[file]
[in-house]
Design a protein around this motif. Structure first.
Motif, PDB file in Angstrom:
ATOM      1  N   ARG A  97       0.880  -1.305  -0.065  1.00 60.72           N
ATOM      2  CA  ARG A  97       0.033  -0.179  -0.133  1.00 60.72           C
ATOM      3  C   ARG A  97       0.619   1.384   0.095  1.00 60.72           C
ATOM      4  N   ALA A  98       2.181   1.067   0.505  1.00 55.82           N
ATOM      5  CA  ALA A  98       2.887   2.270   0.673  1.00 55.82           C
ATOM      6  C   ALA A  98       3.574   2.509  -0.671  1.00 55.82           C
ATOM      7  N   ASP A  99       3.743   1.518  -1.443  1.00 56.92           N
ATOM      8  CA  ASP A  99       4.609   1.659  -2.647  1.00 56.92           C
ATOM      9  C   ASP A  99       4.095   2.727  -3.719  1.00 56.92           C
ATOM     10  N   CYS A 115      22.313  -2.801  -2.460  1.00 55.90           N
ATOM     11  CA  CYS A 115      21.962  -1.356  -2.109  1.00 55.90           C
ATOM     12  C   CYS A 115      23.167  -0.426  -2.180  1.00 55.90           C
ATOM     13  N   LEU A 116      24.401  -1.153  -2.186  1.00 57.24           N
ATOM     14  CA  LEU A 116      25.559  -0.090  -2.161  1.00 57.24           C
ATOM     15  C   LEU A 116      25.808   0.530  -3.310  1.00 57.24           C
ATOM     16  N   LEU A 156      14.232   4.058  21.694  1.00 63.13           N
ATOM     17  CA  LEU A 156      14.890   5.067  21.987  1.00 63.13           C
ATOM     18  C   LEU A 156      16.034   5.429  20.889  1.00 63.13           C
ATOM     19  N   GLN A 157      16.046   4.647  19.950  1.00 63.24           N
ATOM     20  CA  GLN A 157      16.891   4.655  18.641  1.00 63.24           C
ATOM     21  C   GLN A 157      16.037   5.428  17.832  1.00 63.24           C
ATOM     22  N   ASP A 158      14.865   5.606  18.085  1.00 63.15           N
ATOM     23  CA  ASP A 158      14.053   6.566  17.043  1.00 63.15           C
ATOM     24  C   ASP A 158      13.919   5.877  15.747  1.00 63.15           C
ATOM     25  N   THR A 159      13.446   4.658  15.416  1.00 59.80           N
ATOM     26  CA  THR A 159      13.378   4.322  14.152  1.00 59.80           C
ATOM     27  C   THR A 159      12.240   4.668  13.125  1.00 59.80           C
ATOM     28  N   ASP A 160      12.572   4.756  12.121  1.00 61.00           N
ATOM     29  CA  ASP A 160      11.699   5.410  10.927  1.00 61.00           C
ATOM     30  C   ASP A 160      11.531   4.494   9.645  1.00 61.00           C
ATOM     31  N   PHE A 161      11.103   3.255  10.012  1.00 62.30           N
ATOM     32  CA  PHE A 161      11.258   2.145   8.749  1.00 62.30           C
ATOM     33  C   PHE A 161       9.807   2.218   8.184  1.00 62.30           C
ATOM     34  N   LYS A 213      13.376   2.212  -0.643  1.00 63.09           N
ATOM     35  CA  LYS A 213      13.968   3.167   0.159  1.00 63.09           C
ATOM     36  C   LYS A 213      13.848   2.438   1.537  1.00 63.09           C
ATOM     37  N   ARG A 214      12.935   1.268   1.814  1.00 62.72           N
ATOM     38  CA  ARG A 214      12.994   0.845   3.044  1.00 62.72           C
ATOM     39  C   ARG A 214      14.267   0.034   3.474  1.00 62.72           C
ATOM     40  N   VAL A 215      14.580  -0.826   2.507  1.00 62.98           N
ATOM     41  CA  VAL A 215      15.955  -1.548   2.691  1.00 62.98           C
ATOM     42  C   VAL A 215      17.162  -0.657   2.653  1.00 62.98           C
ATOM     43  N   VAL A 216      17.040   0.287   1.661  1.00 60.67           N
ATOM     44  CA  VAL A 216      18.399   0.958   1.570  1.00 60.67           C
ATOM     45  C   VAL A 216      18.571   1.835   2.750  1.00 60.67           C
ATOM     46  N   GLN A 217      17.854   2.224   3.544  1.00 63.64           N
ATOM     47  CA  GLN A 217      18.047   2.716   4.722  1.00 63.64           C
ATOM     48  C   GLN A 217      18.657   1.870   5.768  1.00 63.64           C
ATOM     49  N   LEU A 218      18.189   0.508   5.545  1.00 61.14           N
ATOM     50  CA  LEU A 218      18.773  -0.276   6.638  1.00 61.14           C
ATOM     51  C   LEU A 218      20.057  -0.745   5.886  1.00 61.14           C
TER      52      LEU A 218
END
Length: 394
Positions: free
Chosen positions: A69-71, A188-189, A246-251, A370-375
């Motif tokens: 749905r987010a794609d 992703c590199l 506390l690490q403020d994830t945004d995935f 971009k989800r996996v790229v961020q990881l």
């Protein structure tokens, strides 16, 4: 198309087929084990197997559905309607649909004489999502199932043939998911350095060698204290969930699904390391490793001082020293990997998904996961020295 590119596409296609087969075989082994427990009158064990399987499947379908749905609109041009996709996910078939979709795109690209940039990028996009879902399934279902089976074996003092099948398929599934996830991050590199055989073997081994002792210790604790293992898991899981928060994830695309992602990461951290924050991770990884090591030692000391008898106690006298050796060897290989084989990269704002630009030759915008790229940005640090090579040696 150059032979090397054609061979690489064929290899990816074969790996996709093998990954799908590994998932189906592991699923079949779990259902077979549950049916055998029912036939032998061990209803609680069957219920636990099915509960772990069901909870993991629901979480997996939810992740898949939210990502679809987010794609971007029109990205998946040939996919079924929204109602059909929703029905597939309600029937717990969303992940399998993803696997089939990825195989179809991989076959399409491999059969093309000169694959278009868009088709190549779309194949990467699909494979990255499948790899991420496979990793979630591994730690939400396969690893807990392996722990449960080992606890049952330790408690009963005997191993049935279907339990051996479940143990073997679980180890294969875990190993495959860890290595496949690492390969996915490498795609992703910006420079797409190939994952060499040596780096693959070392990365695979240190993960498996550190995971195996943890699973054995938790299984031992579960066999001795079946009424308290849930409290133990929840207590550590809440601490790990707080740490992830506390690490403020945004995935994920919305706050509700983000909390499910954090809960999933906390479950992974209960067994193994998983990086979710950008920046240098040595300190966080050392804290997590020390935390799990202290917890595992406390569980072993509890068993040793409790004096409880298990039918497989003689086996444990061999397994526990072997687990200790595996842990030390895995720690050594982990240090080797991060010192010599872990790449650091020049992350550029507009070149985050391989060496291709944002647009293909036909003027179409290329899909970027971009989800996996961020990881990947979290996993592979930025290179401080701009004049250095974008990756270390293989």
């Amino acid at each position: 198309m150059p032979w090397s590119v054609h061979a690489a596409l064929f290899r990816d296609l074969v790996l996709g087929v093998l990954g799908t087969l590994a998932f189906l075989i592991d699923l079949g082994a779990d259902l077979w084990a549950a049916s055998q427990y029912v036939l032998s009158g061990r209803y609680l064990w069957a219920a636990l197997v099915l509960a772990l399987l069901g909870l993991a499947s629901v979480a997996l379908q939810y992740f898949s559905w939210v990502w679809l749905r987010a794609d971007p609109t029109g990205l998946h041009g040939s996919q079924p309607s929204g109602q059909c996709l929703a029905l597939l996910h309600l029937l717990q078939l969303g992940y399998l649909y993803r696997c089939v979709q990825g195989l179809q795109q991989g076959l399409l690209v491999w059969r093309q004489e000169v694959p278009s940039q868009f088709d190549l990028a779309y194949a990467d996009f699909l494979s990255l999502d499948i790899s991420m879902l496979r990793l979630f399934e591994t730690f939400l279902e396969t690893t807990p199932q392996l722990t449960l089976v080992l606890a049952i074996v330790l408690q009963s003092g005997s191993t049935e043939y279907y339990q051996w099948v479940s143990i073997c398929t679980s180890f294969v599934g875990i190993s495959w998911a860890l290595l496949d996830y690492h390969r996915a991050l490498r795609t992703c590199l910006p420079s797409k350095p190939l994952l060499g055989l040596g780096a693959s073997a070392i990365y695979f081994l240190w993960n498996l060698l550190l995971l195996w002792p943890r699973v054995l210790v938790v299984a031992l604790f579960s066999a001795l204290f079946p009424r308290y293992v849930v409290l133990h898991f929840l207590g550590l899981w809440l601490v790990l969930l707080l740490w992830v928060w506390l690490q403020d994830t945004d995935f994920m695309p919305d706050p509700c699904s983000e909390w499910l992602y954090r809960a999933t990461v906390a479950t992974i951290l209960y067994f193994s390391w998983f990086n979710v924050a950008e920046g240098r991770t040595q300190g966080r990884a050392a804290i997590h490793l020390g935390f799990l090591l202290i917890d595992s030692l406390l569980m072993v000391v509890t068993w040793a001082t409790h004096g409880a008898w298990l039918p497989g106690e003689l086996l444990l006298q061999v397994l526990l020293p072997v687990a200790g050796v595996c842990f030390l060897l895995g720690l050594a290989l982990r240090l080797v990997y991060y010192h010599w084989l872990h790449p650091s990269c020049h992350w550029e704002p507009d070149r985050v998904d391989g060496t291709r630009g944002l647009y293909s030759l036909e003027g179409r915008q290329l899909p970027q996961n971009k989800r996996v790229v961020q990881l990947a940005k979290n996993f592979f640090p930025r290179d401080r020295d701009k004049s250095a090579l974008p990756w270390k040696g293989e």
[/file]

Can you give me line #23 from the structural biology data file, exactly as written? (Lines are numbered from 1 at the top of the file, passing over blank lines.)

ATOM     20  CA  GLN A 157      16.891   4.655  18.641  1.00 63.24           C